What are golf hazards and how can you avoid them, or play through them? Hazards come in all shapes and sizes, as well as having their own terms — water hazard or lateral hazard. Golf, with all these terms floating around, can be confusing until you figure out what they all mean. Let me shed some light on what you can do, and hopefully improve your game as well!

Water Hazards in Golf

All golf courses have beautiful landscapes surrounding them. Most, if not all, have water hazards. If you’re very new to golf, you are probably thinking; “what is a water hazard?” According to ThoughtCo., a water hazard is any body of water, from the Ocean to a drainage ditch, located on the golf course.

Some courses have hazards "around" the green, such as water or sand. We have hazards "on" the green!! Gotta love SC golf…

Posted by Realtor Randy Gallagher on Wednesday, September 6, 2017

Image: Realtor Randy Gallagher

What Now? My Ball is in the Water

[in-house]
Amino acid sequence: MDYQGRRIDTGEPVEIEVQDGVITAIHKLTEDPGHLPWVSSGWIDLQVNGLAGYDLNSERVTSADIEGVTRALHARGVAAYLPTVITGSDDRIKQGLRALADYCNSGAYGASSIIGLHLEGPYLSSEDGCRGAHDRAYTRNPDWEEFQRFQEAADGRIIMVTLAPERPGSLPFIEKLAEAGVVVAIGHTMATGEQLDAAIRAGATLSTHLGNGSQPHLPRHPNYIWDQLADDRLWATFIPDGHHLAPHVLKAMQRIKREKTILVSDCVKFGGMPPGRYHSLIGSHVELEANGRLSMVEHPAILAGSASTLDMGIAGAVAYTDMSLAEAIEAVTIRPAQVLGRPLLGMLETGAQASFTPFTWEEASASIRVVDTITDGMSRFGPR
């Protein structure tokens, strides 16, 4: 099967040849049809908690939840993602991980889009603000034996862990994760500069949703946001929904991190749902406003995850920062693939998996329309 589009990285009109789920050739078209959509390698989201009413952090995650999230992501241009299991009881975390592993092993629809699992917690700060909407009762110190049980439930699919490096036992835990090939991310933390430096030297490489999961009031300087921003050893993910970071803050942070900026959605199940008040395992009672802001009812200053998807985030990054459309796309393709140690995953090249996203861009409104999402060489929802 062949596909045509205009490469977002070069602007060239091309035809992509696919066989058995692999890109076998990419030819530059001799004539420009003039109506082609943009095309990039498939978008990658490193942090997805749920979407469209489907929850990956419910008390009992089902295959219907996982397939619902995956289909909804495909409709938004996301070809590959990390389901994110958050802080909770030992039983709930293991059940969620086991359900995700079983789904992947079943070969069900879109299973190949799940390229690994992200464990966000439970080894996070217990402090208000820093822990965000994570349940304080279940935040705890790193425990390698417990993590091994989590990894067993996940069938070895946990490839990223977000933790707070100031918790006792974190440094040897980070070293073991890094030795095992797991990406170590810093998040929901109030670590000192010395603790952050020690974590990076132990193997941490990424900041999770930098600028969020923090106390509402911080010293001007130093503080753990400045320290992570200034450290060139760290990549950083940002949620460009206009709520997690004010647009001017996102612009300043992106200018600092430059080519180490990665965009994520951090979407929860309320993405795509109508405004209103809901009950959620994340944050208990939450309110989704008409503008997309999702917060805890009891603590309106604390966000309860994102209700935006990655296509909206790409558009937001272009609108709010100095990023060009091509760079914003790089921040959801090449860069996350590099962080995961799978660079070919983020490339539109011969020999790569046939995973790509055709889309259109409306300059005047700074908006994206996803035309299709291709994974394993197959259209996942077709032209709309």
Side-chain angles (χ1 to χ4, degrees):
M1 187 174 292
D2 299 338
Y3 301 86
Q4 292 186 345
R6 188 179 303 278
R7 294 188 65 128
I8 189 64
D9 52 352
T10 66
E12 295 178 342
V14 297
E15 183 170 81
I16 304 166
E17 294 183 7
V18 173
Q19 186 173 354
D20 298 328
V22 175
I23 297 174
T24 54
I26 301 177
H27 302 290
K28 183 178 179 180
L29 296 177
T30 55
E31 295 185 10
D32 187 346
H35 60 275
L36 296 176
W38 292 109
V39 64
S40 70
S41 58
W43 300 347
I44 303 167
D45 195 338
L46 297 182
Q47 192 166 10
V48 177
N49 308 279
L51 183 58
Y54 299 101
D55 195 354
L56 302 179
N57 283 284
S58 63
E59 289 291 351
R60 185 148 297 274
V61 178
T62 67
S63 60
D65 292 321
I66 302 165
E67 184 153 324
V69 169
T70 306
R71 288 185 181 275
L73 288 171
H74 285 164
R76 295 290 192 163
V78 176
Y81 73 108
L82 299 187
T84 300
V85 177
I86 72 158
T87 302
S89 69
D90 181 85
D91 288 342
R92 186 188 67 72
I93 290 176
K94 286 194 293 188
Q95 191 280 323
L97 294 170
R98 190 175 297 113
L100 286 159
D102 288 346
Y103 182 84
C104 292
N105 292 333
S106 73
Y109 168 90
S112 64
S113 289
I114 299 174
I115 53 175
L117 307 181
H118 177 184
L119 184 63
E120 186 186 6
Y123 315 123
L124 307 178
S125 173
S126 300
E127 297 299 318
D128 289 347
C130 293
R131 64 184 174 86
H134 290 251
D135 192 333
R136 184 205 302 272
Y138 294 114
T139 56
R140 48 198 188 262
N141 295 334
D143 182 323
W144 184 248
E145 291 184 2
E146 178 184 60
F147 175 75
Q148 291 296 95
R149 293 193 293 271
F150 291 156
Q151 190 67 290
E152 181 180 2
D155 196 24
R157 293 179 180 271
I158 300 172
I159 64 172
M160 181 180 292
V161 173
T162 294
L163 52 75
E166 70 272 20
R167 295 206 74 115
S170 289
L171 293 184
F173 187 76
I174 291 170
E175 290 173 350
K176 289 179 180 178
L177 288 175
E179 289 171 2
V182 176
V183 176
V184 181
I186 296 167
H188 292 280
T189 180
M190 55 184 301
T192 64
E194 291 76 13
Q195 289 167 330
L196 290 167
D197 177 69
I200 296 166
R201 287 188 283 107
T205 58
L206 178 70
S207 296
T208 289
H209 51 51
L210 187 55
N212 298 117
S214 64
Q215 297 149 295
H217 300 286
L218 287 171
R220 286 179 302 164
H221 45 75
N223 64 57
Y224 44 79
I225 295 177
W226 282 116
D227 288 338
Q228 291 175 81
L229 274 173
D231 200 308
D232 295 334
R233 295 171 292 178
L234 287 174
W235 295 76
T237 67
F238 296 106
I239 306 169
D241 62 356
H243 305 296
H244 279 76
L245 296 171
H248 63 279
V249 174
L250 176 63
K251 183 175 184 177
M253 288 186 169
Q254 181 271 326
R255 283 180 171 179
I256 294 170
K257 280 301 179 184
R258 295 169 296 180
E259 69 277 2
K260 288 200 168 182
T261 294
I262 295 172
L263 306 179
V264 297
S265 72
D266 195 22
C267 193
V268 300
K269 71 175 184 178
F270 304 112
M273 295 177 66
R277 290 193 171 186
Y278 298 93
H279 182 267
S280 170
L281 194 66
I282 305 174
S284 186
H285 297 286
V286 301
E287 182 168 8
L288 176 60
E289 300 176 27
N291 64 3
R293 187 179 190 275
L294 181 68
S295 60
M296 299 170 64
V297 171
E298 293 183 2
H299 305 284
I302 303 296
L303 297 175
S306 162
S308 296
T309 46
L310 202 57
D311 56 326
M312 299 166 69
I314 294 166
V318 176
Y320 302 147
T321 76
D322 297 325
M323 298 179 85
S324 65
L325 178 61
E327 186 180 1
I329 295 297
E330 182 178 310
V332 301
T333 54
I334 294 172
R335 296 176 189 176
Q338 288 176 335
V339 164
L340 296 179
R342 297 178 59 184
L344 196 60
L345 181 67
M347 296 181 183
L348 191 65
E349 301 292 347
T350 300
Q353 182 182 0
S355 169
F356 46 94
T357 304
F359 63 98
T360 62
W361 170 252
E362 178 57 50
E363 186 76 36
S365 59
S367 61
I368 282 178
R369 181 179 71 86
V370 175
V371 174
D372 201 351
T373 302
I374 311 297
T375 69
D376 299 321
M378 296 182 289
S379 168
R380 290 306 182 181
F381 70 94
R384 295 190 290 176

Your ball is officially in the water or near it, what happens now? Usually, nothing good happens after you’ve hit your ball into a hazard. However, there is something you can do. Relief is just ahead! When you find yourself in a water hazard, Rule 26 comes in handy. Rule 26-1 states:

If a ball is found in a water hazard or if it is known or virtually certain that a ball that has not been found is in the water hazard (whether the ball lies in water or not), the player may under penalty of one stroke:

a. Proceed under the stroke and distance provision of Rule 27-1 by playing a ball as nearly as possible at the spot from which the original ball was last played (see Rule 20-5); or

b. Drop a ball behind the water hazard, keeping the point at which the original ball last crossed the margin of the water hazard directly between the hole and the spot on which the ball is dropped, with no limit to how far behind the water hazard the ball may be dropped; or